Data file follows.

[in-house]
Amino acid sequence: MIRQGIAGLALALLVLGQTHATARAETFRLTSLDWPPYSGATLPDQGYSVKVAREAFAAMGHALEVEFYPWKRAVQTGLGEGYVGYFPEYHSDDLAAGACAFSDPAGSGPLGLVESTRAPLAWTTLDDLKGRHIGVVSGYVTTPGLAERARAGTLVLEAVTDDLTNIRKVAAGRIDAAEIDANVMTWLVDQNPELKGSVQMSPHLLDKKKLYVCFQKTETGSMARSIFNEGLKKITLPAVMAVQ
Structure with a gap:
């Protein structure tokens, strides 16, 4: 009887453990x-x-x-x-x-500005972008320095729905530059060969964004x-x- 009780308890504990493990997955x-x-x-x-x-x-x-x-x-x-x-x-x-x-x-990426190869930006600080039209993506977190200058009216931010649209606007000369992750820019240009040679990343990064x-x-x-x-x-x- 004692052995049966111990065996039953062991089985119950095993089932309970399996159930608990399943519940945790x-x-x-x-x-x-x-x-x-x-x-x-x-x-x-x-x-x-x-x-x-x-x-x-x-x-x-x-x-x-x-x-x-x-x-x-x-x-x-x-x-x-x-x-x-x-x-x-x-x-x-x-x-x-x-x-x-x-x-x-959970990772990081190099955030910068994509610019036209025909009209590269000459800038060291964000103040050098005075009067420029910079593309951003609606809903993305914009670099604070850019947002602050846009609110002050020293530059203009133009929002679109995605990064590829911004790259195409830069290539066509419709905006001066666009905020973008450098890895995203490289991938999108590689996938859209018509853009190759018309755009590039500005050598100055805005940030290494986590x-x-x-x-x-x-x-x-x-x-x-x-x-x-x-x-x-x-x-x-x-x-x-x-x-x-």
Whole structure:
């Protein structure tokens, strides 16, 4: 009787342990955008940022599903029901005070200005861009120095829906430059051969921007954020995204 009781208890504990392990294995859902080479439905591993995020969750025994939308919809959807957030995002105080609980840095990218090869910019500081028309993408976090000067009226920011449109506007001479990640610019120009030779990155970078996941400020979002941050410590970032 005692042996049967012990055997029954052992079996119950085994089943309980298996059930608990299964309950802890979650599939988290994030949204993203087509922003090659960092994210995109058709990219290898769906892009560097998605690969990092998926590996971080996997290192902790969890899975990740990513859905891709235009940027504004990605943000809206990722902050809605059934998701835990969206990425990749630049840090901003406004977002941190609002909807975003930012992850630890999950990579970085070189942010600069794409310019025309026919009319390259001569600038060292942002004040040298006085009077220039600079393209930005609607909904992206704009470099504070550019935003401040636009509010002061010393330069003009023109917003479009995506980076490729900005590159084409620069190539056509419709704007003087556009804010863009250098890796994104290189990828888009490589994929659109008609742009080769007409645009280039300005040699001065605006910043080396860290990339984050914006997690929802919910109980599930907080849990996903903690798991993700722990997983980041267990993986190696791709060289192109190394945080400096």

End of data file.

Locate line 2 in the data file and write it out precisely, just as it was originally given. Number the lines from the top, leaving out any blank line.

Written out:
Amino acid sequence: MIRQGIAGLALALLVLGQTHATARAETFRLTSLDWPPYSGATLPDQGYSVKVAREAFAAMGHALEVEFYPWKRAVQTGLGEGYVGYFPEYHSDDLAAGACAFSDPAGSGPLGLVESTRAPLAWTTLDDLKGRHIGVVSGYVTTPGLAERARAGTLVLEAVTDDLTNIRKVAAGRIDAAEIDANVMTWLVDQNPELKGSVQMSPHLLDKKKLYVCFQKTETGSMARSIFNEGLKKITLPAVMAVQ